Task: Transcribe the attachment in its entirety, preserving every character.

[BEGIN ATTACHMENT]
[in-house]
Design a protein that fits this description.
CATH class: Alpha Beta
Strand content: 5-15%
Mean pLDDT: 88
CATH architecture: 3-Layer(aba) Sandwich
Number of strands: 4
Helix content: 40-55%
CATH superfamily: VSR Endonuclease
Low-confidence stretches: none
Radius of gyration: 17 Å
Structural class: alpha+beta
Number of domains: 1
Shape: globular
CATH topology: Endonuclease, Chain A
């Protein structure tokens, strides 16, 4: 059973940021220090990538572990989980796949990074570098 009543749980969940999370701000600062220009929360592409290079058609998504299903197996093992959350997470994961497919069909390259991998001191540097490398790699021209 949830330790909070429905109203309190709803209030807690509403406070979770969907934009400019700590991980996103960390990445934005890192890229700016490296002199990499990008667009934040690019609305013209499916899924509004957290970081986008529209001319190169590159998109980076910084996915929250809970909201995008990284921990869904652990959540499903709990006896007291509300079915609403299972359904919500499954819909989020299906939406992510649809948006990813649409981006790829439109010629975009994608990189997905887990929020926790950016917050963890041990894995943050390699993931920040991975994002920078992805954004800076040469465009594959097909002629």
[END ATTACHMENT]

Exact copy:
[in-house]
Design a protein that fits this description.
CATH class: Alpha Beta
Strand content: 5-15%
Mean pLDDT: 88
CATH architecture: 3-Layer(aba) Sandwich
Number of strands: 4
Helix content: 40-55%
CATH superfamily: VSR Endonuclease
Low-confidence stretches: none
Radius of gyration: 17 Å
Structural class: alpha+beta
Number of domains: 1
Shape: globular
CATH topology: Endonuclease, Chain A
């Protein structure tokens, strides 16, 4: 059973940021220090990538572990989980796949990074570098 009543749980969940999370701000600062220009929360592409290079058609998504299903197996093992959350997470994961497919069909390259991998001191540097490398790699021209 949830330790909070429905109203309190709803209030807690509403406070979770969907934009400019700590991980996103960390990445934005890192890229700016490296002199990499990008667009934040690019609305013209499916899924509004957290970081986008529209001319190169590159998109980076910084996915929250809970909201995008990284921990869904652990959540499903709990006896007291509300079915609403299972359904919500499954819909989020299906939406992510649809948006990813649409981006790829439109010629975009994608990189997905887990929020926790950016917050963890041990894995943050390699993931920040991975994002920078992805954004800076040469465009594959097909002629």